Post-colonialism has two distinct but often intersecting meanings. First, states and societies which underwent the historical experience of decolonizationin the mid-to-late twentieth century are often described as 'post-colonial'. Second, post-colonialism (often without the hyphen!) is also taken to refer to a body of scholarly work which is often seen to have been inaugurated with Edward Said's Orientalism (1978), and has proved highly influential across a large number of disciplines in the humanities and social sciences. Post-colonial theory, especially in the field of history, often takes the form of critical reflections on colonial modernity in different societies. In this session, we shall use 'post-colonialism' in a looser sense, to denote both the historical experience of decolonization and the specific forms of thinking and discourse this experience has given rise to. In order to understand this, we shall focus on a deceptively simple text, The Colonizer and the Colonized by Albert Memmi, a French writer of Jewish-Tunisian origin. This text was published in 1957, in the middle of an upsurge in anti-colonial movements across the world. We shall use Memmi's text as an entry point into the lived experience of colonial domination, and also discuss the relationship between the ideas put forward in this text and the later field of postcolonial theory 'proper'.
- Albert Memmi, The Colonizer and the Colonized (1957)
- What kind of colonialism is Memmi analysing? Is it the only kind?
- To what extent are the sorts of social and psychological situations described by Memmi unique to societies under colonial rule?
- ‘There are, I believe, impossible historical situations and this is one of them’. (p.83 – 1974 Earthscan Books edition). What sort of challenge does Memmi pose to the ‘leftist colonizer’ (‘the colonizer who refuses’?) Do you think this challenge still has any resonance in the post-imperial world?
- ‘Thus, while refusing the sinister, the benevolent colonizer can never attain the good, for his only choice is not between good and evil, but between evil and uneasiness’. (p.86-87). Discuss this statement.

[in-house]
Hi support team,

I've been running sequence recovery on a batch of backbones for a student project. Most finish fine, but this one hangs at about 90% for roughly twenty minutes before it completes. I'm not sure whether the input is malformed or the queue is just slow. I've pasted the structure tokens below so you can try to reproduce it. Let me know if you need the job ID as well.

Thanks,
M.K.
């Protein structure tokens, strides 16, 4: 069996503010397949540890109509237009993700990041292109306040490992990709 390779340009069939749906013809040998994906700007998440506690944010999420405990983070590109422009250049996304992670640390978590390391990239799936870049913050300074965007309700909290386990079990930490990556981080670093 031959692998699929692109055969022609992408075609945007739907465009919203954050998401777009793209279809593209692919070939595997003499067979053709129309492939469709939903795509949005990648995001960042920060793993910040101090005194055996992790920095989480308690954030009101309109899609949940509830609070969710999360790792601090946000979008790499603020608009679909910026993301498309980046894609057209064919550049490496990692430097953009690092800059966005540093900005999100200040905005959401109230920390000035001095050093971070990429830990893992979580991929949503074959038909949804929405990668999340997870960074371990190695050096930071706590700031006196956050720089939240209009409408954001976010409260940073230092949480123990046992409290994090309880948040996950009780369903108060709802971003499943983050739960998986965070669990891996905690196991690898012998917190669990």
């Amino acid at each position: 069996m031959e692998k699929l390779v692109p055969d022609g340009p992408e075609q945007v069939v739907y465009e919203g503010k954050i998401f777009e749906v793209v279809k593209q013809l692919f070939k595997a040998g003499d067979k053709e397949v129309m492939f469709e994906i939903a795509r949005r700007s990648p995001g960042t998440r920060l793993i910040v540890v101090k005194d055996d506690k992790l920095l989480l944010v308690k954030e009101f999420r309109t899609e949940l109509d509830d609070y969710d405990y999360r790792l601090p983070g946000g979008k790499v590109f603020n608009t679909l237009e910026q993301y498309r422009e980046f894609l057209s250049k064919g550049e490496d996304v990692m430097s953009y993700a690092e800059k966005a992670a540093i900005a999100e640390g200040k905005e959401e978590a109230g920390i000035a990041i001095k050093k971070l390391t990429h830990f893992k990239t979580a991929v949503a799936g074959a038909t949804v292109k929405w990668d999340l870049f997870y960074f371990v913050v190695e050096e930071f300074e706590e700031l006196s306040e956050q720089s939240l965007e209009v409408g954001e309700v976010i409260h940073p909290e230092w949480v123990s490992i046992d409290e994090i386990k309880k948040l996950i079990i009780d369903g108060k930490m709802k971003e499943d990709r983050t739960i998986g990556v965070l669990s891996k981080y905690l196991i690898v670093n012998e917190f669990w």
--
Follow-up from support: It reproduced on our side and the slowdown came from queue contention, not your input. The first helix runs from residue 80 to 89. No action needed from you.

- ‘The eulogizing of oneself and one’s fellows, the repeated, even earnest, affirmation of the excellence of one’s ways and one’s institutions, one’s cultural and technical superiority do not erase the fundamental condemnation which every colonialist carries in his heart. […] Deep within himself, the colonialist pleads guilty.’ (pp.100-101) Discuss.
- ‘But perhaps the most important thing is that once the behavioural feature, or historical or geographical factor which characterizes the colonialist and contrasts him with the colonizer, has been isolated, this gap must be kept from being filled. The colonialist removes the factor from history, time, and therefore possible evolution. What is actually a sociological point becomes labelled as being biological or, preferably, metaphysical. It is attached to the colonized’s basic nature.’ (p.115) What are the implications of this statement for postcolonial theory?
- How do colonizer and colonized shape each other, according to Memmi?
- Are the ‘situations’ Memmi describes for colonizers and colonized inevitable outcomes of the colonialism he analyses?
Further Reading and Viewing:
Octave Mannoni, Prospero and Caliban: Psychology of Colonization (1956)
Aime Cesaire, Discourse on Colonialism (1957)
Albert Memmi, The Colonizer and the Colonized (1957)
Germaine Tillion, Algeria: The Realities (1957)
Frantz Fanon, The Wretched of the Earth (London, 1961)
Gillo Pontecorvo, Battle of Algiers (1966)
Frantz Fanon, Black Skins, White Masks (London, 1967)
Jean-Paul Sartre, Colonialism and Neocolonialism (1964)
Edward Said, Orientalism (London, 1978)
Ashis Nandy, The Intimate Enemy: Loss and Recovery of Self Under Colonialism (Delhi, 1989)
Sara Suleri, The Rhetoric of English India (1992)
Homi Bhabha, The Location of Culture (1990) [esp. 'Of Mimicry and Man: The Ambivalence of Colonial Discourse']
Reina Lewis and Sara Mills, Feminist Postcolonial Theory: A Reader (2003)